Joe: (laughs) Yeah, I would think so, yeah. Cause just reading it I was like, ‘oh my god,’ I was, no matter how bad my day is, I just, that one day on a rig just sound like it’s gotta be the worst , worst-

Andrew: Yeah, it’s absolutely brutal. And I wasn’t, I wasn’t even like a, quote-on-quote skilled, you know labor , I’m one of those, so I wasn’t a drill hand, or a motor hand, or a derrick hand, I was the, the floor hand, which is colloquially known as the rig-pig , which is the guy who stands at the bottom of the grate and gets covered in oil while he, does every filthy job imaginable, there are, quite a few filthy jobs on an oil rig, I can tell you.

Joe: Ah, gosh. But, back to-

Andrew: Yeah, I guess – oh sorry, go ahead.

Joe: No, I was just, gonna say, I was living in Texas for a while, and there’s a lot of people, a lot of friends of mine, yeah, they would get jobs on rigs, and, and various different, you know, oil projects and, every single one of them never had a good thing to say.

Andrew: Well, yeah, I mean, you make, you make decent money but it’s not, you know, it it took me a long time to figure this out, probably longer than it should have but it’s not about how much money you make, it really is about the money that you make, and then, comparing it to, you know, how you make it, in terms of, you know, the quality of life, it’s providing you with. Like if you, you could make three hundred thousand a year, but if you, like, work, eighty hours a week, like, your quality of life is pretty much, it’s questionable right? It’s very questionable. And so, there has to be that, at least for me I found that, there has to be that balance between like, making money, but also making it in a way that, you wake up and you actually enjoy life. You know, you don’t, cursing the skies every day, so (laughs).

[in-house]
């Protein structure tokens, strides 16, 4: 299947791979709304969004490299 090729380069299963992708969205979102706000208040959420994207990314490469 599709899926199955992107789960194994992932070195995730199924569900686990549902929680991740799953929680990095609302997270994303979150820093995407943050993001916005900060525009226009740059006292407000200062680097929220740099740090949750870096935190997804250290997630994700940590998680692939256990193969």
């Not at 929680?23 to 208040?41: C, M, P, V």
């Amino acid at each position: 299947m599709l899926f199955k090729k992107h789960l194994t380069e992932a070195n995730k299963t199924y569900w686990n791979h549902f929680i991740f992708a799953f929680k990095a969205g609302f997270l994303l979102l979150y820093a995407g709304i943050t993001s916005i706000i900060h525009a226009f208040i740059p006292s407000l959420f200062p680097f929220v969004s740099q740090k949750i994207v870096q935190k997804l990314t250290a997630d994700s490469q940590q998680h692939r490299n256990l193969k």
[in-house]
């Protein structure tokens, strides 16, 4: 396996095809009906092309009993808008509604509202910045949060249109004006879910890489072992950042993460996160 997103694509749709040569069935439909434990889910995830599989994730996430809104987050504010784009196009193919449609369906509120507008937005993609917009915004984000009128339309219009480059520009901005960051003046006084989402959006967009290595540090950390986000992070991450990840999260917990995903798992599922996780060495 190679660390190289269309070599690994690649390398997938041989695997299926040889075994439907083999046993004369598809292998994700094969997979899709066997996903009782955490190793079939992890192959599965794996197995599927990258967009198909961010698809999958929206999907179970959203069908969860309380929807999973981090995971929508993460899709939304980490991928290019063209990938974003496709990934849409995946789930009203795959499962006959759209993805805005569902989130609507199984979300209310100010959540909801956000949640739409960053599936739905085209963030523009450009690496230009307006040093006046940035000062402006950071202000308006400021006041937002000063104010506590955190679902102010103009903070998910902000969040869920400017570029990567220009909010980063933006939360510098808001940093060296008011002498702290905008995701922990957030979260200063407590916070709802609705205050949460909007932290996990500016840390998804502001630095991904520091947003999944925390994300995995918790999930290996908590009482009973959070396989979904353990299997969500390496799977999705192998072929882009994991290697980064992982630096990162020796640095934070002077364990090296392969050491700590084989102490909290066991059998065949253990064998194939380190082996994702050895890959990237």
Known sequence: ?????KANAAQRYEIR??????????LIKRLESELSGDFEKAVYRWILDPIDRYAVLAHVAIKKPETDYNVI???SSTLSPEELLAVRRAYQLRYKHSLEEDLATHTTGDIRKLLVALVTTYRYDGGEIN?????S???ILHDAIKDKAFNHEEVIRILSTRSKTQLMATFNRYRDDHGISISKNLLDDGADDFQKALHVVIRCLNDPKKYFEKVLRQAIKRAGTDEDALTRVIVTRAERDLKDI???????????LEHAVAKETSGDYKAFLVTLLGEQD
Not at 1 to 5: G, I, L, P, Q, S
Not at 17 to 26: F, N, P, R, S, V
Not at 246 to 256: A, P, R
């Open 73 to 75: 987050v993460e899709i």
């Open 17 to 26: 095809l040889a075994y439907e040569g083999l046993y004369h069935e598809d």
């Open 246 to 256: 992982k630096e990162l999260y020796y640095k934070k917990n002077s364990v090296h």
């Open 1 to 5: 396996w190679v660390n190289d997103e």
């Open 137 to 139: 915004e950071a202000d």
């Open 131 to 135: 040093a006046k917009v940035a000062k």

Joe: (laughs)